Our obsession with Shaker peg rails is well documented (some of us have even wrapped our hallways in peg rails; see Remodeling 101: How Shaker Peg Rails Saved My Summer Sanity). So today we’re offering a little history lesson.
A sect of Quakerism founded in the 1700s, the Shakers believed that their furniture and living spaces should embody their founding tenets: simplicity, hard work, equality, and order. (Their leader, Mother Ann, encouraged thorough room-cleaning to echo her sentiment that “there is no dirt in heaven.”) Shaker furniture not only facilitated their way of life (tables were elongated, for example, to accommodate communal dining) but also captured these beliefs in object form.
The peg rail was the Shakers’ simple but ingenious way of keeping communal households organized. Made of a length of wood with rounded pegs placed at six-inch intervals along its length, these rails were present in nearly every room and were used to hang everything—from clothing to brooms to chairs—to keep floors sparse and open. (The Shakers even created accessories for the rails, like an adjustable candleholder that could be hung at various heights from the pegs.) These peg rails exemplify the Shakers’ striving for order and harmony within the home; even the extremely even spacing of the pegs exemplifies their love of repetition, grids, and symmetry noted by Adam Gopnik in his New Yorker essay about Shaker design. The Shakers, Gopnik says, had a way of “imbuing the ordinary with a sense of the numinous.”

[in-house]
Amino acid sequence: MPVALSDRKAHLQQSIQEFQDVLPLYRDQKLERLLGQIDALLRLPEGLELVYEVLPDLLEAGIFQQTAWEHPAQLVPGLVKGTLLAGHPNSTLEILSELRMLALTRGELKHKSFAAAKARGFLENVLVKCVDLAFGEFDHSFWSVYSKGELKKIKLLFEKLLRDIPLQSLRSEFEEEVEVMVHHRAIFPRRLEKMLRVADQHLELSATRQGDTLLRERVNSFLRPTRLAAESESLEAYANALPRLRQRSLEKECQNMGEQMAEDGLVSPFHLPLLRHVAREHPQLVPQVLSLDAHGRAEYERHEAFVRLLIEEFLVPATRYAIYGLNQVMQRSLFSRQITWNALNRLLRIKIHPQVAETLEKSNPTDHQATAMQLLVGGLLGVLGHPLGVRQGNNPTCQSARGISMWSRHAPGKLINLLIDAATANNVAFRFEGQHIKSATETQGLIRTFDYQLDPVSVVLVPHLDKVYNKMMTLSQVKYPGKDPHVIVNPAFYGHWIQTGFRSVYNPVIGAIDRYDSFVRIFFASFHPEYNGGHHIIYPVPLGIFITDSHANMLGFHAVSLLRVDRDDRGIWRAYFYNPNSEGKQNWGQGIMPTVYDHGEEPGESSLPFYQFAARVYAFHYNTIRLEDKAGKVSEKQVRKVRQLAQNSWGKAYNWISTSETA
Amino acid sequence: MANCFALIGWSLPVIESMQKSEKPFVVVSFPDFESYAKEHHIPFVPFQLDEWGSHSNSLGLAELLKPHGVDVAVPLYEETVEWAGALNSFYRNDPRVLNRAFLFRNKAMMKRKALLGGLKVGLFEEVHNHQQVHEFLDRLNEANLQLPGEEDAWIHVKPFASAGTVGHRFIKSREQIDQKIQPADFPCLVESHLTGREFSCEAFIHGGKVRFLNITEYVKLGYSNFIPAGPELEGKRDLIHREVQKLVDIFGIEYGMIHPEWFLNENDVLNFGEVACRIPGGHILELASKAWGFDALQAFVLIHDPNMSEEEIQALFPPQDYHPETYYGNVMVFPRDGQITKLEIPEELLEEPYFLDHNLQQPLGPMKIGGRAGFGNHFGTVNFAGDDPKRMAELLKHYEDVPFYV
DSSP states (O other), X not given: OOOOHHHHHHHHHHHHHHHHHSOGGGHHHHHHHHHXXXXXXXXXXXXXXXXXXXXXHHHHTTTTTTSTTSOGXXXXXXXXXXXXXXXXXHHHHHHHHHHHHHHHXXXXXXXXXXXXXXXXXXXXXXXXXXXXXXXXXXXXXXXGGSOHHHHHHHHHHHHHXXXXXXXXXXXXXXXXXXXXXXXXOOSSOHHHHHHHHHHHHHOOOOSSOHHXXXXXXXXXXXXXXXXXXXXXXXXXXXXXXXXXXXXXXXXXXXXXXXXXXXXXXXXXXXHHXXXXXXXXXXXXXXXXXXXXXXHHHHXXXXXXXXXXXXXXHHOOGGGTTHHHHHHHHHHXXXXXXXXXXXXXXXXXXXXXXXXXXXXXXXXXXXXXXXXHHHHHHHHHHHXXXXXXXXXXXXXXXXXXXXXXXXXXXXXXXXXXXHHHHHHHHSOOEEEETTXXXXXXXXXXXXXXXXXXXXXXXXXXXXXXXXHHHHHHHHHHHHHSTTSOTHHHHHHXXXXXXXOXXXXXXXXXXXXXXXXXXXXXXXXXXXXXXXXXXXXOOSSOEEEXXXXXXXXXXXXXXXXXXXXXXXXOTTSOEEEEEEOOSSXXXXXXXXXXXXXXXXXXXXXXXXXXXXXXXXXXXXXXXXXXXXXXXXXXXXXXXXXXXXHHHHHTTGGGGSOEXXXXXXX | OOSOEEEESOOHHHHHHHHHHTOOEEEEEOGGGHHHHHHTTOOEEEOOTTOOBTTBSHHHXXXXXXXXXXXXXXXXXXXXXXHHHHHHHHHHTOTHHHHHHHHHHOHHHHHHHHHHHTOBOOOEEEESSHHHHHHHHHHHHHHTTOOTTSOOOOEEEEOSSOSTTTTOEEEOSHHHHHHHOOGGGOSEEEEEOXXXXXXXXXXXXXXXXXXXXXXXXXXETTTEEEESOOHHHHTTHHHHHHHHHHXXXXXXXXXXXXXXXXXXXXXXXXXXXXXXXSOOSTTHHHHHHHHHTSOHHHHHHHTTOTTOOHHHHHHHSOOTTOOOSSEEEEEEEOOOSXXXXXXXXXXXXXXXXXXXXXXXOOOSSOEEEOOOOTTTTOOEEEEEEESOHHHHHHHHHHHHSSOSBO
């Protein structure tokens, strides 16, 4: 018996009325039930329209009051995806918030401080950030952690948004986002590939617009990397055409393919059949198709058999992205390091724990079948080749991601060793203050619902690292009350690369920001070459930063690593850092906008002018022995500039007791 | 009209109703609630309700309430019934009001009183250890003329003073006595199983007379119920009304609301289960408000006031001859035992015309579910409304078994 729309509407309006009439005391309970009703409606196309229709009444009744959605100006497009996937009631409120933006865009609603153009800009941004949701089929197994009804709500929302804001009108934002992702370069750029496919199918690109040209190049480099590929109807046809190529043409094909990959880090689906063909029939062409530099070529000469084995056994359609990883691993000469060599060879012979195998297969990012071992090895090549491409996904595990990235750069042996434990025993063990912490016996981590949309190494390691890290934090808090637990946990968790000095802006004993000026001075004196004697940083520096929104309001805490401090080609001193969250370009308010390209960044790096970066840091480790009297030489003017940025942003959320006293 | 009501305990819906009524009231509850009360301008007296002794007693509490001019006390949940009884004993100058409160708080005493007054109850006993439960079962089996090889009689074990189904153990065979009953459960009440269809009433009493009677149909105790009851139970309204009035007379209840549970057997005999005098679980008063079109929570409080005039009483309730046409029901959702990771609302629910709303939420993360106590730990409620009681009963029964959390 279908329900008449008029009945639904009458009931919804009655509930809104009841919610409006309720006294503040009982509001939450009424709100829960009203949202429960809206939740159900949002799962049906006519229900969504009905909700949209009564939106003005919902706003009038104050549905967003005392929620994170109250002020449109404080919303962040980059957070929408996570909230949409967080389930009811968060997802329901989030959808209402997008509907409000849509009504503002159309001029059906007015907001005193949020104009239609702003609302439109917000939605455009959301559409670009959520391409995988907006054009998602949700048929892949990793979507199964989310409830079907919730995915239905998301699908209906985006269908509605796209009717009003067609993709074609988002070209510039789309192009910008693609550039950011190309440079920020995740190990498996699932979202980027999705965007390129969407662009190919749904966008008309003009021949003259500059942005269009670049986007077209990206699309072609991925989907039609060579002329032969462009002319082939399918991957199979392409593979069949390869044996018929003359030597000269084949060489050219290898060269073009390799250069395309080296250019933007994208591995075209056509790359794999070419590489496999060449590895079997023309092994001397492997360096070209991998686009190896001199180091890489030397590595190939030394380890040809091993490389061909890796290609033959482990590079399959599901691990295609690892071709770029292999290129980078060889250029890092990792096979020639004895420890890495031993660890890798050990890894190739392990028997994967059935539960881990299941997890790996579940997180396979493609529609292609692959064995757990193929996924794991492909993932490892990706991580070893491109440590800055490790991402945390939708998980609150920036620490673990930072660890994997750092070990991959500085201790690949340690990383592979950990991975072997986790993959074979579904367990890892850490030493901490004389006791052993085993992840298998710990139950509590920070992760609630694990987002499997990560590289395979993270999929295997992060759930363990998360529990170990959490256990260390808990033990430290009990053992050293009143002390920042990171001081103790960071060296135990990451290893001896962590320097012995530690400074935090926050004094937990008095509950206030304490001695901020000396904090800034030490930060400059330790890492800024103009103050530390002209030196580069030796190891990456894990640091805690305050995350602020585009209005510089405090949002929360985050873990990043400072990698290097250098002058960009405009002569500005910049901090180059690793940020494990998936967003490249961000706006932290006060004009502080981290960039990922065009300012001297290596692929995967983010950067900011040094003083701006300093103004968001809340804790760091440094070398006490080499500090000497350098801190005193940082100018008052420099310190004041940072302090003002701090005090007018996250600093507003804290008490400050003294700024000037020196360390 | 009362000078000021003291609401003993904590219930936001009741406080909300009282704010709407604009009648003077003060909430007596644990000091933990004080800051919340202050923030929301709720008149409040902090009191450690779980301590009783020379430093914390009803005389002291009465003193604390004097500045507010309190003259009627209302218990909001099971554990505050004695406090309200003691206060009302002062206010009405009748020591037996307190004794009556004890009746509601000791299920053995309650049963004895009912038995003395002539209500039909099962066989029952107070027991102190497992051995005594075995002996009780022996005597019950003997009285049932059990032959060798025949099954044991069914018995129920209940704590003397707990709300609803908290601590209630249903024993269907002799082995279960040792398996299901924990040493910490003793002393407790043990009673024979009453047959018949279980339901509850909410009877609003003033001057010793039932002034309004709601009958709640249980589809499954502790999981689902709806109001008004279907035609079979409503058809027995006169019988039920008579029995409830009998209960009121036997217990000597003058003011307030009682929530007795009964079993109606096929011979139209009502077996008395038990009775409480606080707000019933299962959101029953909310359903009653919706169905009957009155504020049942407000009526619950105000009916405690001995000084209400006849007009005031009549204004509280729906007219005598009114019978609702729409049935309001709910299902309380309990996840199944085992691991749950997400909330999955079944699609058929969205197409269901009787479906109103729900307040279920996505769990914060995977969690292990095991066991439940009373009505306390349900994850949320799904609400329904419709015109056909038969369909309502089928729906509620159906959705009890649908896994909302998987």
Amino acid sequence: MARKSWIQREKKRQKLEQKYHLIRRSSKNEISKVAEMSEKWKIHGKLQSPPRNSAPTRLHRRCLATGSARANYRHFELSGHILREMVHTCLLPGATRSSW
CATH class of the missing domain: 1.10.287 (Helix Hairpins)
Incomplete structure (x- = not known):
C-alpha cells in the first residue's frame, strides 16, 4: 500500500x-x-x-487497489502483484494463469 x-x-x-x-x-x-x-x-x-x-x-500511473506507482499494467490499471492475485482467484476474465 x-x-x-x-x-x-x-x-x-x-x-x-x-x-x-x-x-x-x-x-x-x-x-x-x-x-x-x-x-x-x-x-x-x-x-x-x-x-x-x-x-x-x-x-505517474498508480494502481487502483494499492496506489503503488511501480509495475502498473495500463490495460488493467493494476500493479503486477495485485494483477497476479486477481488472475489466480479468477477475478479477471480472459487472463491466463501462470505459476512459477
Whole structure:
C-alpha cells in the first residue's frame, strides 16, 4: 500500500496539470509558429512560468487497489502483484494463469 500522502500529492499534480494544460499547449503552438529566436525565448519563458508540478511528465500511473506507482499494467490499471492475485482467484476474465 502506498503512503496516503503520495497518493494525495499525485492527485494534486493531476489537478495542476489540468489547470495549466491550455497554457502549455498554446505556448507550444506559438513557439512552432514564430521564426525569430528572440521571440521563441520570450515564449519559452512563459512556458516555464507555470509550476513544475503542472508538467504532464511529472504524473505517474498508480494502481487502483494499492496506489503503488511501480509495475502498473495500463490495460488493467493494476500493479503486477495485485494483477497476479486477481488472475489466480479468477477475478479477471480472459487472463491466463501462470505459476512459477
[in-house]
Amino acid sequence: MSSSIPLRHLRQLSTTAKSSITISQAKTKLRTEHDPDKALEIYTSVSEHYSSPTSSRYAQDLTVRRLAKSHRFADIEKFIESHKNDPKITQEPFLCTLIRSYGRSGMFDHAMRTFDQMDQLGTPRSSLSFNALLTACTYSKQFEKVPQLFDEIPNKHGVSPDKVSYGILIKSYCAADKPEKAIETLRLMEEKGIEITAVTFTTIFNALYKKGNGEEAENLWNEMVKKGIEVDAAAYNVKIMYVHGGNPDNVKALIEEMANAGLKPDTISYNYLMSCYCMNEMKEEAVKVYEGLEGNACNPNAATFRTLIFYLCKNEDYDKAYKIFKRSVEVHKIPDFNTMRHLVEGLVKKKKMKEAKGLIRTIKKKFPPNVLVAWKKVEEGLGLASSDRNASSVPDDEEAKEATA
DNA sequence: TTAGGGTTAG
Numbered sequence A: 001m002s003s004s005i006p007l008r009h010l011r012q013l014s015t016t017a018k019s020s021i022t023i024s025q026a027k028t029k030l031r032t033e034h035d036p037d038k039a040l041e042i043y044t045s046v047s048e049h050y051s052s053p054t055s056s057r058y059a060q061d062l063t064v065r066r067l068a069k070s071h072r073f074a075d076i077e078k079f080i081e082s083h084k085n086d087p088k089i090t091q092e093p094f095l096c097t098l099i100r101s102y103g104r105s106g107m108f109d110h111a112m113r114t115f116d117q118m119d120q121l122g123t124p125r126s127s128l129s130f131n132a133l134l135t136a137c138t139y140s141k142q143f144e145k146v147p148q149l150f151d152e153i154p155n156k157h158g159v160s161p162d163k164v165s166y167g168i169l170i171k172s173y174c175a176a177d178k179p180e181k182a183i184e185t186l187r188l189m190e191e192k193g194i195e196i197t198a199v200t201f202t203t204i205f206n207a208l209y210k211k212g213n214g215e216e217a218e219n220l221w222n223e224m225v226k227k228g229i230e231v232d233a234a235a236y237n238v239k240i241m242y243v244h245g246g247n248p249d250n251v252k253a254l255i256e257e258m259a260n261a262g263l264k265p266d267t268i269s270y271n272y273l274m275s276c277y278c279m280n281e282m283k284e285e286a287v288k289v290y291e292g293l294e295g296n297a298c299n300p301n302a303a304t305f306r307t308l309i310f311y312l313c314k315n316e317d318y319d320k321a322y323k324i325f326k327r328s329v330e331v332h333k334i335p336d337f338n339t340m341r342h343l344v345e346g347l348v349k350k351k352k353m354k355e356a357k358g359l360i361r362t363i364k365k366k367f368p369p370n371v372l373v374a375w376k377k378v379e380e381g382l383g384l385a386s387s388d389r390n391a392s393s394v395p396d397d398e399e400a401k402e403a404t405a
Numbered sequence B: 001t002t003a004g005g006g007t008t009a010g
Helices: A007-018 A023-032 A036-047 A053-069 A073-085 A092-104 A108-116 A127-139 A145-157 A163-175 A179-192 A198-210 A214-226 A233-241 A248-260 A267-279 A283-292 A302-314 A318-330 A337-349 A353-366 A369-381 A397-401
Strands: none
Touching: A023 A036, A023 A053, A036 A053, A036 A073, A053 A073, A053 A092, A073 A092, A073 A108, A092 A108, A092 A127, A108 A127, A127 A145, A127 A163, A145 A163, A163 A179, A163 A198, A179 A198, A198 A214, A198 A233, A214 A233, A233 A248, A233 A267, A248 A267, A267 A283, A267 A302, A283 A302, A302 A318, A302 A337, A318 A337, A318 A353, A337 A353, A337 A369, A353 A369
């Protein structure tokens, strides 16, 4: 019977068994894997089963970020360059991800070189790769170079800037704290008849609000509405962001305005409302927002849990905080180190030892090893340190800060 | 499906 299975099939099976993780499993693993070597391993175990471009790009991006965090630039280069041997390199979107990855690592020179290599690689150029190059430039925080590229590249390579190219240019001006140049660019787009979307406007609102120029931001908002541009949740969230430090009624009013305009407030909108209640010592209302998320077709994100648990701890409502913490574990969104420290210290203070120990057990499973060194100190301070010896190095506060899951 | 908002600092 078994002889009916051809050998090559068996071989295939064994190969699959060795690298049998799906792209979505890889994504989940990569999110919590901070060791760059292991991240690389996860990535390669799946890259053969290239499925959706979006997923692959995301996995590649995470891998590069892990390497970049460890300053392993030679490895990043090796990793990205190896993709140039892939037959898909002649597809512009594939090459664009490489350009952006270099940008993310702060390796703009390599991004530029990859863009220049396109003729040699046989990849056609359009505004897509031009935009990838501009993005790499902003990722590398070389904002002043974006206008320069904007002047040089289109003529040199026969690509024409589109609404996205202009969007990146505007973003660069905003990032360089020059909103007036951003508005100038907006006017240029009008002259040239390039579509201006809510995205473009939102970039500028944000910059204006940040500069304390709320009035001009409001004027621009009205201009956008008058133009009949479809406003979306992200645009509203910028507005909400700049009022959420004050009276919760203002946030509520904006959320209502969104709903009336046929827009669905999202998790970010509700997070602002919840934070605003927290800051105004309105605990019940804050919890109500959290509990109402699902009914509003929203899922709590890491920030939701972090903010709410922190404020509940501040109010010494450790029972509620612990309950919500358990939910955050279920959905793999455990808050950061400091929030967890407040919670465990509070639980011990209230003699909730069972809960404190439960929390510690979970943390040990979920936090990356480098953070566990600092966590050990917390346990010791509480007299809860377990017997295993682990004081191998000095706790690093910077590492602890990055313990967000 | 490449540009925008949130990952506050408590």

Though we may not live communally, these peg rails are still an easy way to corral kitchen utensils, coats and jackets, bathroom necessities, or wet towels in busy homes. (We’ve spotted them in hotels too: London’s High Road House wraps its guest rooms with them.) Here are six of our favorites.
Six to Buy
Above: The Shaker peg rail gets an upgrade in this wood-and-brass version, handmade in Toronto; $200 CAD ($149 USD) at Mjolk.
Above: Christine purchased Shaker peg rails from Peg & Rail, which offers a shelf and various finish options (she went for the shelf because it allowed her to display art without having to commit to hanging it). Photograph by Christine Chang Hanway.
Above: DeVOL’s handmade peg rails are available in three lengths starting at £60 ($74) for 23.6 inches.
Above: This poplar peg rail is made in Maine and has a grooved shelf for displaying frames or plates. (The black is currently sold out online; the cherry version starts at $59.95 from Sturbridge Yankee Workshops.)
Above: A shorter, four-peg rail is ideal for stashing keys and coats in small entryways; $12.28 from Home Depot.
N.B.: This post is an update; the original story ran on September 13, 2016.